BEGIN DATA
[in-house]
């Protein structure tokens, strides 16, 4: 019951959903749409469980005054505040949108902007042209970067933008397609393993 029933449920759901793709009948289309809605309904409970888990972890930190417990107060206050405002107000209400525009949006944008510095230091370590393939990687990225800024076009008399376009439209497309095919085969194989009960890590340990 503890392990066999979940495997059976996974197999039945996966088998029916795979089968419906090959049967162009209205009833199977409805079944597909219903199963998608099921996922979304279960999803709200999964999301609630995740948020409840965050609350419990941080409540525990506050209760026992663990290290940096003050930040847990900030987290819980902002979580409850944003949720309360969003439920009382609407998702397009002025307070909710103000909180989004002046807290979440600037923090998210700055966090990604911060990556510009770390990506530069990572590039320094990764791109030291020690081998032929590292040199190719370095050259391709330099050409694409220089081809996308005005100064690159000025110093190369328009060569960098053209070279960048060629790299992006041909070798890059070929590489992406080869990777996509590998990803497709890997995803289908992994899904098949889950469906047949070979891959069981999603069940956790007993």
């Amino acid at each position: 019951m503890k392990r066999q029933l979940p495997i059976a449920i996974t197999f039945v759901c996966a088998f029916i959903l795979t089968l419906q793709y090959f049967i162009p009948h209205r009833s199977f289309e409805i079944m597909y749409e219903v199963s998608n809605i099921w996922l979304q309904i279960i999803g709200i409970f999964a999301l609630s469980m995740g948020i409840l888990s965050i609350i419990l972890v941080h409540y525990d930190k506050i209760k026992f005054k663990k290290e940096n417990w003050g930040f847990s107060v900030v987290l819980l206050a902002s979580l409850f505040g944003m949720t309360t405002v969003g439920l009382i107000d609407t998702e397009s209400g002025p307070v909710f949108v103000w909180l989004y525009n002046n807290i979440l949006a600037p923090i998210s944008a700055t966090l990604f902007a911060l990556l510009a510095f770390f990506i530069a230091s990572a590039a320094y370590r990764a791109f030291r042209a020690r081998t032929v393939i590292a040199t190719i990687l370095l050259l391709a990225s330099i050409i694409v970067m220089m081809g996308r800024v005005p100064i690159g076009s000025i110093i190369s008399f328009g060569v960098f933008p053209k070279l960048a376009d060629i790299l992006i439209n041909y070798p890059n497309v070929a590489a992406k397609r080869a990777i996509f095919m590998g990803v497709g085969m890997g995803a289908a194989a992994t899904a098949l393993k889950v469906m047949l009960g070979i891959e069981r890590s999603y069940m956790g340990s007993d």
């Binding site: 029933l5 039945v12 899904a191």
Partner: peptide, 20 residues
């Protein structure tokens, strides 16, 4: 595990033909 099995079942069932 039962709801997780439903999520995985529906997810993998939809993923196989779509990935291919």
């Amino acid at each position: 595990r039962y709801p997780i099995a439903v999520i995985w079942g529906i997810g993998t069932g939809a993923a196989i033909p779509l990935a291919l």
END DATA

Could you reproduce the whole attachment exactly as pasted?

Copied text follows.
[in-house]
């Protein structure tokens, strides 16, 4: 019951959903749409469980005054505040949108902007042209970067933008397609393993 029933449920759901793709009948289309809605309904409970888990972890930190417990107060206050405002107000209400525009949006944008510095230091370590393939990687990225800024076009008399376009439209497309095919085969194989009960890590340990 503890392990066999979940495997059976996974197999039945996966088998029916795979089968419906090959049967162009209205009833199977409805079944597909219903199963998608099921996922979304279960999803709200999964999301609630995740948020409840965050609350419990941080409540525990506050209760026992663990290290940096003050930040847990900030987290819980902002979580409850944003949720309360969003439920009382609407998702397009002025307070909710103000909180989004002046807290979440600037923090998210700055966090990604911060990556510009770390990506530069990572590039320094990764791109030291020690081998032929590292040199190719370095050259391709330099050409694409220089081809996308005005100064690159000025110093190369328009060569960098053209070279960048060629790299992006041909070798890059070929590489992406080869990777996509590998990803497709890997995803289908992994899904098949889950469906047949070979891959069981999603069940956790007993």
């Amino acid at each position: 019951m503890k392990r066999q029933l979940p495997i059976a449920i996974t197999f039945v759901c996966a088998f029916i959903l795979t089968l419906q793709y090959f049967i162009p009948h209205r009833s199977f289309e409805i079944m597909y749409e219903v199963s998608n809605i099921w996922l979304q309904i279960i999803g709200i409970f999964a999301l609630s469980m995740g948020i409840l888990s965050i609350i419990l972890v941080h409540y525990d930190k506050i209760k026992f005054k663990k290290e940096n417990w003050g930040f847990s107060v900030v987290l819980l206050a902002s979580l409850f505040g944003m949720t309360t405002v969003g439920l009382i107000d609407t998702e397009s209400g002025p307070v909710f949108v103000w909180l989004y525009n002046n807290i979440l949006a600037p923090i998210s944008a700055t966090l990604f902007a911060l990556l510009a510095f770390f990506i530069a230091s990572a590039a320094y370590r990764a791109f030291r042209a020690r081998t032929v393939i590292a040199t190719i990687l370095l050259l391709a990225s330099i050409i694409v970067m220089m081809g996308r800024v005005p100064i690159g076009s000025i110093i190369s008399f328009g060569v960098f933008p053209k070279l960048a376009d060629i790299l992006i439209n041909y070798p890059n497309v070929a590489a992406k397609r080869a990777i996509f095919m590998g990803v497709g085969m890997g995803a289908a194989a992994t899904a098949l393993k889950v469906m047949l009960g070979i891959e069981r890590s999603y069940m956790g340990s007993d």
């Binding site: 029933l5 039945v12 899904a191």
Partner: peptide, 20 residues
């Protein structure tokens, strides 16, 4: 595990033909 099995079942069932 039962709801997780439903999520995985529906997810993998939809993923196989779509990935291919």
């Amino acid at each position: 595990r039962y709801p997780i099995a439903v999520i995985w079942g529906i997810g993998t069932g939809a993923a196989i033909p779509l990935a291919l």